But Eimicke also wonders how democratic the participatory budgeting process really is. He points to the low turnout in the procedures: In most New York City districts, for example, fewer than 2,000 of roughly 160,000 citizens take part. "You have meetings. You say, 'Who likes this and who likes that?' and whichever one is the best, then you do it," he said. "That sounds democratic, but it's really not, right, because how many people actually go? Not that many. How many people actually know that it's happening? Not that many. How many people really understand what the choices are? Not that many."
Mamnunul Haq, a 51-year-old Brooklynite originally from Bangladesh, did his best John F. Kennedy impression as he talked about his favorite civic activity — participatory budgeting: "Ask not what your country can do for you!"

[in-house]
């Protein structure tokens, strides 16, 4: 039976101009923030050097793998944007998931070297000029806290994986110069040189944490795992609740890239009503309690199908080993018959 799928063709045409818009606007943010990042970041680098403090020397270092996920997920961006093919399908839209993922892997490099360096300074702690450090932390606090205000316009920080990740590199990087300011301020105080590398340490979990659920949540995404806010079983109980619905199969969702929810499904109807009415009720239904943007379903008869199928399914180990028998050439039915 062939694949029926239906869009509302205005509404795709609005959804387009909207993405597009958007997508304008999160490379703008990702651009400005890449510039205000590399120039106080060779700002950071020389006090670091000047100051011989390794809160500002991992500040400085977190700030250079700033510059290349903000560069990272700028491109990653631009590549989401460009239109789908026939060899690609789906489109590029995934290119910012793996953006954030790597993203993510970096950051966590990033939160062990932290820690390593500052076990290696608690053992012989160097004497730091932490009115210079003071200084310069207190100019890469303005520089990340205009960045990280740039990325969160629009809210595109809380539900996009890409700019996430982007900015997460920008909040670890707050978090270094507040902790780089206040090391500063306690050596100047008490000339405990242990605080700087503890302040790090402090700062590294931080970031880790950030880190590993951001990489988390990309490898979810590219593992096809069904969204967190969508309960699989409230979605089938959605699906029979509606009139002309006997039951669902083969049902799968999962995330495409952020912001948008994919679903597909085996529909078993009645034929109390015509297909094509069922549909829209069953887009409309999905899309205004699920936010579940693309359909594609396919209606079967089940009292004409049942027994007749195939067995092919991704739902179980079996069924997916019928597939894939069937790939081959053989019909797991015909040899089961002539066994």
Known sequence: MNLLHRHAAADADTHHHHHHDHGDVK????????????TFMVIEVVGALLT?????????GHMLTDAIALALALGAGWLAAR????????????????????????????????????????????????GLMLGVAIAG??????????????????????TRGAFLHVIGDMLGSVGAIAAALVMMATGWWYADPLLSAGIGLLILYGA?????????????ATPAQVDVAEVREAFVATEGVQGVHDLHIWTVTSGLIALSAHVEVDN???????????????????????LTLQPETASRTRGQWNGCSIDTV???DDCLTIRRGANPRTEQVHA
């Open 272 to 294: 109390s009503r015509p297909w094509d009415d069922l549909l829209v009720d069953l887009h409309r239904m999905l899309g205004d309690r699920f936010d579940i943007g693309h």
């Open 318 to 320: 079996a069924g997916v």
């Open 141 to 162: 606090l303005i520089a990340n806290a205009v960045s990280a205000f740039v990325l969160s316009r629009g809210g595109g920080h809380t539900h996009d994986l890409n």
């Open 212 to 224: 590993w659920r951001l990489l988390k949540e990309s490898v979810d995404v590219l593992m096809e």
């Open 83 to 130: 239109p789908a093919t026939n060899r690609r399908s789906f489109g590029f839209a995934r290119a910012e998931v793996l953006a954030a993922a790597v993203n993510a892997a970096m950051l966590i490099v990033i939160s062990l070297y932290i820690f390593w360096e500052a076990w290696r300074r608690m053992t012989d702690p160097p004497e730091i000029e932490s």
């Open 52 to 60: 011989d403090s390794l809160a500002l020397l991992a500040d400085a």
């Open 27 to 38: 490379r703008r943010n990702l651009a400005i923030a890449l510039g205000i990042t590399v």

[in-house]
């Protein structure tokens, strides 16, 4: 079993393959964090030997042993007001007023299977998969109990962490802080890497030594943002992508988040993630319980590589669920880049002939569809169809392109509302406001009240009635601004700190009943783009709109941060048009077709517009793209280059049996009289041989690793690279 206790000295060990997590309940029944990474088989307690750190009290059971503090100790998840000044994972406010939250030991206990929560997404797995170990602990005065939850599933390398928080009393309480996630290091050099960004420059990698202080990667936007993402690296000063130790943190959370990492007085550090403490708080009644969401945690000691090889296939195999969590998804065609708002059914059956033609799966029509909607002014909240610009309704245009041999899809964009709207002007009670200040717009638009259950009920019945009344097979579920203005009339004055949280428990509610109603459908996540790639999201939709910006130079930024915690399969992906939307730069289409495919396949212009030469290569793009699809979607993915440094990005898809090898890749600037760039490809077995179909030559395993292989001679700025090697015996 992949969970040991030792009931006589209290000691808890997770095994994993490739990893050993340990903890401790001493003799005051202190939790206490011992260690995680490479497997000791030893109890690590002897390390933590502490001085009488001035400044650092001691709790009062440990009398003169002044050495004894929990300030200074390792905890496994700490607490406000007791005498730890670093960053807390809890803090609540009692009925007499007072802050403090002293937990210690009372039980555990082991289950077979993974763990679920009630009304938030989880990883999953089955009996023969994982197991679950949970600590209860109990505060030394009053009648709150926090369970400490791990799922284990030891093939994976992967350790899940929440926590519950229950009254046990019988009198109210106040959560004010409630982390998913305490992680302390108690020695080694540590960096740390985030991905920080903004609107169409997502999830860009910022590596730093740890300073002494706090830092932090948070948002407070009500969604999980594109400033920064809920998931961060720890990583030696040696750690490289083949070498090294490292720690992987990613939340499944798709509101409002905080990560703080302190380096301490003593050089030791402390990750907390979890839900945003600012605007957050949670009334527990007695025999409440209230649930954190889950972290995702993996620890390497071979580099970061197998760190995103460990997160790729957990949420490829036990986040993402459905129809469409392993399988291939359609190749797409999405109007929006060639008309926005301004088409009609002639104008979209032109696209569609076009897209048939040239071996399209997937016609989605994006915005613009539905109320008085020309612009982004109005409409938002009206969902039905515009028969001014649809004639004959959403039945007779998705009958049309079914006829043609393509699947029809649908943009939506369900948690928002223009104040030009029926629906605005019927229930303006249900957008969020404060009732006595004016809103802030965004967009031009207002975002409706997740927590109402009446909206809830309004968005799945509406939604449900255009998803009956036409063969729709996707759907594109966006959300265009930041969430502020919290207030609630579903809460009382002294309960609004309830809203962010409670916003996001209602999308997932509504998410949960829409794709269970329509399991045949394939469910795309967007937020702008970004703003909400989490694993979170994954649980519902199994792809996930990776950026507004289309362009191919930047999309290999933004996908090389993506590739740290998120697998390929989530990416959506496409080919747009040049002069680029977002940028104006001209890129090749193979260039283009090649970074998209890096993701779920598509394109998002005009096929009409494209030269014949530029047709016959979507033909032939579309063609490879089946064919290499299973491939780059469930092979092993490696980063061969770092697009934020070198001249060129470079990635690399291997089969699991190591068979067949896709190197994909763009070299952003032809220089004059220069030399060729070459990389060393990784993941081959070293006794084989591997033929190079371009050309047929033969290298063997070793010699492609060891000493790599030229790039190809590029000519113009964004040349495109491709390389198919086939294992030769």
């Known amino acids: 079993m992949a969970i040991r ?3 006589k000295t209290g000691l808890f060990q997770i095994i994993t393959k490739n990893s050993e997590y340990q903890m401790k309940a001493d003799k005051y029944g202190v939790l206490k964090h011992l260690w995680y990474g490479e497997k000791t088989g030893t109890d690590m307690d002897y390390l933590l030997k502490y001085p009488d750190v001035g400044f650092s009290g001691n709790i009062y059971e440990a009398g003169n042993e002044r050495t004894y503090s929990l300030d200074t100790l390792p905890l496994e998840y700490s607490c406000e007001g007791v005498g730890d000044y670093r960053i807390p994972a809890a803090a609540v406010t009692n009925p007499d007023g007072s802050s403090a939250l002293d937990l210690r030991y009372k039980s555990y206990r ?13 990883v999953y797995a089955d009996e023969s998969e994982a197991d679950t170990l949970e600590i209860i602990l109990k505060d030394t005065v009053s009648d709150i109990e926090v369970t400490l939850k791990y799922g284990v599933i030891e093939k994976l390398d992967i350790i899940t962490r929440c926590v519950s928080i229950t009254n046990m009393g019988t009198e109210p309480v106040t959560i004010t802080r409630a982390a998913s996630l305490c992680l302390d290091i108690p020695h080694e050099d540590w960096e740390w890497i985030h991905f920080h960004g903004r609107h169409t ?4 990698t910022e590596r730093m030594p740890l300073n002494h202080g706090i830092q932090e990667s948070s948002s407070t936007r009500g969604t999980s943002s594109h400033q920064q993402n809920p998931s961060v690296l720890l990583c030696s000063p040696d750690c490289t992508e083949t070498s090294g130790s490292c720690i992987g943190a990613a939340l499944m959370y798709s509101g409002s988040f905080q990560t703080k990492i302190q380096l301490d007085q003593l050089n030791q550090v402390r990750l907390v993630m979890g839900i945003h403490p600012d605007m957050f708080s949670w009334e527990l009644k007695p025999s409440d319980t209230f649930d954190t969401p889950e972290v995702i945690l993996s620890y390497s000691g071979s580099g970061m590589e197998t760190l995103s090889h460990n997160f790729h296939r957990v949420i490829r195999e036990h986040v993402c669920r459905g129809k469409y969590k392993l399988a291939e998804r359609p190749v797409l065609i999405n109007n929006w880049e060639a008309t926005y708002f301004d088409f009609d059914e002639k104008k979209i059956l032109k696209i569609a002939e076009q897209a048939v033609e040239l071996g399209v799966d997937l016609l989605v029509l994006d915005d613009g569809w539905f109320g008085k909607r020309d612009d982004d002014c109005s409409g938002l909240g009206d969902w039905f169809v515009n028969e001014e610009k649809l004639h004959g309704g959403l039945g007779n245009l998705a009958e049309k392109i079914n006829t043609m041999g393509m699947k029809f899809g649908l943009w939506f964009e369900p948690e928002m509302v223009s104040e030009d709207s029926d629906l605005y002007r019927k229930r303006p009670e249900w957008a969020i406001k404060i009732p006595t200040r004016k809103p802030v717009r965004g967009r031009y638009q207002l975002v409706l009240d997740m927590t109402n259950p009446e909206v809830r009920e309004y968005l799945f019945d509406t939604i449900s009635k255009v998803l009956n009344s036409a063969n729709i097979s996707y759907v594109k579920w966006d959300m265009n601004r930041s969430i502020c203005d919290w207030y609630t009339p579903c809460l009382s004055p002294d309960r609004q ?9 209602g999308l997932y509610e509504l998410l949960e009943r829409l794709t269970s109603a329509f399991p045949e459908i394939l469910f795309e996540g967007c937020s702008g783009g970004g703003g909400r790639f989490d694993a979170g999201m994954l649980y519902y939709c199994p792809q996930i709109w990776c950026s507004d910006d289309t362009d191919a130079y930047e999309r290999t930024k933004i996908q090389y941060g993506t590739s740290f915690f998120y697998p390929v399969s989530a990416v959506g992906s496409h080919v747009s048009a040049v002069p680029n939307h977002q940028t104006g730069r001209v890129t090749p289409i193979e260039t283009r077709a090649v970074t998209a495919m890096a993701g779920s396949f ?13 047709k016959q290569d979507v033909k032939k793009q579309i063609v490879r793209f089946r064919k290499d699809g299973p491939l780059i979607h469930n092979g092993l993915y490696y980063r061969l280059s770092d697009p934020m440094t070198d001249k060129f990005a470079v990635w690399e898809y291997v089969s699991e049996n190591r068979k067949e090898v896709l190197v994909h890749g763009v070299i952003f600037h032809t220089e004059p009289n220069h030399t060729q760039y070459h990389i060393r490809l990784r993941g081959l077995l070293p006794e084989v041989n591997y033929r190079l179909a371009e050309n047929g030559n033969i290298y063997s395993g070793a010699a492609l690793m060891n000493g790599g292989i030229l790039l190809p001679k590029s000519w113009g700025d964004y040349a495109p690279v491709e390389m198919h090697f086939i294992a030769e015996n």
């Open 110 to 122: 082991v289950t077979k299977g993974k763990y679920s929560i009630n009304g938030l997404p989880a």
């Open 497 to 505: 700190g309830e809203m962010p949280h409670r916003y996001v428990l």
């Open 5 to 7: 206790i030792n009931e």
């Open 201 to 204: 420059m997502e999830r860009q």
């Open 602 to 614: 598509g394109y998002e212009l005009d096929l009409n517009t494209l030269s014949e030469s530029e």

Haq's council district, No. 39, was one of the first in New York to adopt participatory budgeting. It is also home to what he estimates to be about 20,000 Bangladeshi immigrants. Many of them are green card holders, indicating permanent resident status, but not citizenship, so they can’t vote. But with a state ID card, a driver's license or even a phone bill, they are eligible to take part, and vote, in participatory budgeting procedures in their district. This decision to include green card holders, made by the citywide participatory budgeting steering committee, aims to make the process more inclusive.
Haq canvasses mosques and community meetings, letting people know they qualify. He said Bangladeshis tend to focus heavily on politics in their native country, but last year he got a few hundred out to vote in the local budgeting procedures. "The glow in their face — so happy I voted," recalled Haq. "Next day people were asking, 'Whose project won? Did the school win?' Most of them voted for the school project because of their children." Participatory budgeting, he said, has helped give them a feeling they have a stake in Brooklyn, too.